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Can Sick Employees In-Office Cost You Money?

Which has a greater adverse impact on your company's bottom line–employee sick absenteeism or presenteeism? We weigh the costs of both to find out.

Even the healthiest employees can fall victim to a bug from time-to-time. For employees with paid sick leave, this means spending a day or two snuggled up under the duvet at home, recuperating back to full health–without financial worries. For employers, however, productivity loss due to employee sickness absenteeism can prove to be a significant financial burden. Nonetheless, it's worth noting that "presenteeism," the practice of your employee coming into work despite sickness, may also impact your business's bottom line. This article compares the costs of employees staying home versus coming into work when they're sick to determine which is more damaging to your business.

Employee Absence Leads to Lost Productivity

Unfortunately, employers bear the burden of paying for their employees' full sick days. According to, an average employee in Singapore takes 3 days of outpatient sick leave annually. Given that the average hourly rate in Singapore is S$49/hour, just a day's sick leave (8hrs) can cost you S$392. Accordingly, the annual cost of paying for an employee’s sick leave is S$1,176, which is nearly 1/5 of an average employee’s monthly take-home pay. In addition to the sick pay, you also need to factor in the associated medical claim costs. According to a 2017 report by Mercer, an average employee's medical expenses can set your company back by S$946 annually, driving your total annual absenteeism costs up to S$2,122 for one sick employee. Costs scale proportionally to the number of employees within the company.

Table on the Total Costs of Absenteeism by Company Size

Having a sick employee out of office also puts extra pressure on the other members of the office and can lead to them having to put in overtime work. This then entitles them to overtime pay, which is 1.5 times their hourly basic rate. This can also lead to the possibility of paying additional HR costs, as the department will be responsible for finding a temporary replacement for the day or working with the relevant departmental manager to reassign existing employees to cover the load. The impact of sick absenteeism can also extend beyond calculable financial implications. Over time, this constant reshuffling of work priorities can adversely affect morale, productivity, and employee engagement in the office.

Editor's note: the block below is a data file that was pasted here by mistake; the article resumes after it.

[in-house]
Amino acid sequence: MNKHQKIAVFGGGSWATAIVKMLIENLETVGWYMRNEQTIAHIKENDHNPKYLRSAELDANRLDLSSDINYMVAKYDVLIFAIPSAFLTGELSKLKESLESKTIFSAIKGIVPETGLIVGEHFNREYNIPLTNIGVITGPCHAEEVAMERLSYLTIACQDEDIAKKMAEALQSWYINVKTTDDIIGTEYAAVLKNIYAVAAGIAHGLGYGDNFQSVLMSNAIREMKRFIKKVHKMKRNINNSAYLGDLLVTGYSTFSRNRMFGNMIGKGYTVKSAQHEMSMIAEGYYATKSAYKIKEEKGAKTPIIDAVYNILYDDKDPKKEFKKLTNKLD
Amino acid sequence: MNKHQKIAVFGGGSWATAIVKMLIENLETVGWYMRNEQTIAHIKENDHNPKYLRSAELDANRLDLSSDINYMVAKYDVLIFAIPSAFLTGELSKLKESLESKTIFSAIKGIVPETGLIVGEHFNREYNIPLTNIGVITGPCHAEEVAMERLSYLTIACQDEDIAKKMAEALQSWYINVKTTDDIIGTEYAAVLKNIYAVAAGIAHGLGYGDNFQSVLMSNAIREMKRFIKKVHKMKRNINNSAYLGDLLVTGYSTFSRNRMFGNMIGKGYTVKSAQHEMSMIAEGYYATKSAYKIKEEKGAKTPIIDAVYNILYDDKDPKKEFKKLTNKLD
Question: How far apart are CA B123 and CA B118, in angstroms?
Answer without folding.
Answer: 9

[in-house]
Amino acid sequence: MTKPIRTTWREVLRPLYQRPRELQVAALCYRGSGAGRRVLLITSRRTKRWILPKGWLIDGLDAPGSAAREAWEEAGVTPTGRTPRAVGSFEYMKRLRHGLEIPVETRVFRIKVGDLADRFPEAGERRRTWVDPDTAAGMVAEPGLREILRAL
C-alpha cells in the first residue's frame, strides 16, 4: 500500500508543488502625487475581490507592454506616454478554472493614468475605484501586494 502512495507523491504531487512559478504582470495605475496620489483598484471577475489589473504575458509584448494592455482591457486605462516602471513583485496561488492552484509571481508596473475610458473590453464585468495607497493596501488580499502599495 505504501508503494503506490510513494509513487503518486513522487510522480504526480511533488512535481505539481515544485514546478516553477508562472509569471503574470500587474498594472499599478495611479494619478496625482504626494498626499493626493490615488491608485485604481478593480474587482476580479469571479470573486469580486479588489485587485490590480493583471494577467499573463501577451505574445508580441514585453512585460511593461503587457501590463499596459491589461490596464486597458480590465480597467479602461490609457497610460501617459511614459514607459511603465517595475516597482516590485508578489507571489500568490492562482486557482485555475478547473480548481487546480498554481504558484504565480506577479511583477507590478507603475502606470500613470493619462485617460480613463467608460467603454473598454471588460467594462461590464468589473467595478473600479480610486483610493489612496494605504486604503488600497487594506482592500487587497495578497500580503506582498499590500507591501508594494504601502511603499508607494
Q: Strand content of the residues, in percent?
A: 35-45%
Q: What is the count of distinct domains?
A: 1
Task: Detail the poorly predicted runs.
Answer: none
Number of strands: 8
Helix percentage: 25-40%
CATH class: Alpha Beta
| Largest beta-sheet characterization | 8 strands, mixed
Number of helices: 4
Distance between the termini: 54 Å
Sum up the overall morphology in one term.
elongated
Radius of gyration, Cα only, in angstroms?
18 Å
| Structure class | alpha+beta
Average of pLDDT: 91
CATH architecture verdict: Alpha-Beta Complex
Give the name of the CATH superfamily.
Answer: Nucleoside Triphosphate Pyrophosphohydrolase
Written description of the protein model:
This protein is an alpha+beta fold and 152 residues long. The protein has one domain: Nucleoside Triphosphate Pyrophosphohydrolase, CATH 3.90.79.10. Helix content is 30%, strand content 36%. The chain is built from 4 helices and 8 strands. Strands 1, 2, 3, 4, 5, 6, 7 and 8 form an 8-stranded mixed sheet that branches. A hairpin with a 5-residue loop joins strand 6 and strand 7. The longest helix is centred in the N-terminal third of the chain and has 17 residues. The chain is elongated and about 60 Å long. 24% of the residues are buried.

Presenteeism and Its Many Hidden Costs

Many Singaporeans are hard workers, which has led to the increasing perception of presenteeism as a display of positive conduct and commendable work attitude–by both employers and employees. Unfortunately, compared to sick absenteeism, the adverse impact of presenteeism on productivity and profitability is even more severe. Without adequate rest and leave, employees may suffer from prolonged periods of ill health. Not to mention, they could also be contagious and spread their illness to colleagues.

Sick employees at work can spread their illness to others

Worryingly, according to research by Virgin Pulse, presenteeism can lead to 57.5 "lost days" where employees are not working at full productivity–compared to 3 days off, on average, to absenteeism. In fact, research conducted by the Duke-NUS Medical School in Singapore found that presenteeism can cost employers S$12.1 billion per year.

A Healthy Working Environment Is a Productive One

Ultimately, as an employer, it's crucial to acknowledge that presenteeism is a severe problem that affects your bottom line–perhaps more so than sick absenteeism. To reverse this damaging presenteeism culture, employers may want to focus on the delivery of results, instead of prioritising face-time. It’s imperative to have regular, open conversations with employees and debunk any perceptions that sick leave shouldn’t be taken. In addition to having open discussions, offering flexible work hours or remote working possibilities can encourage staff to pursue the work styles and hours best fit to them in times of need. In fact, research shows that shortening the work day can actually boost productivity overall. Ultimately, a healthy workforce is a productive–and profitable–one.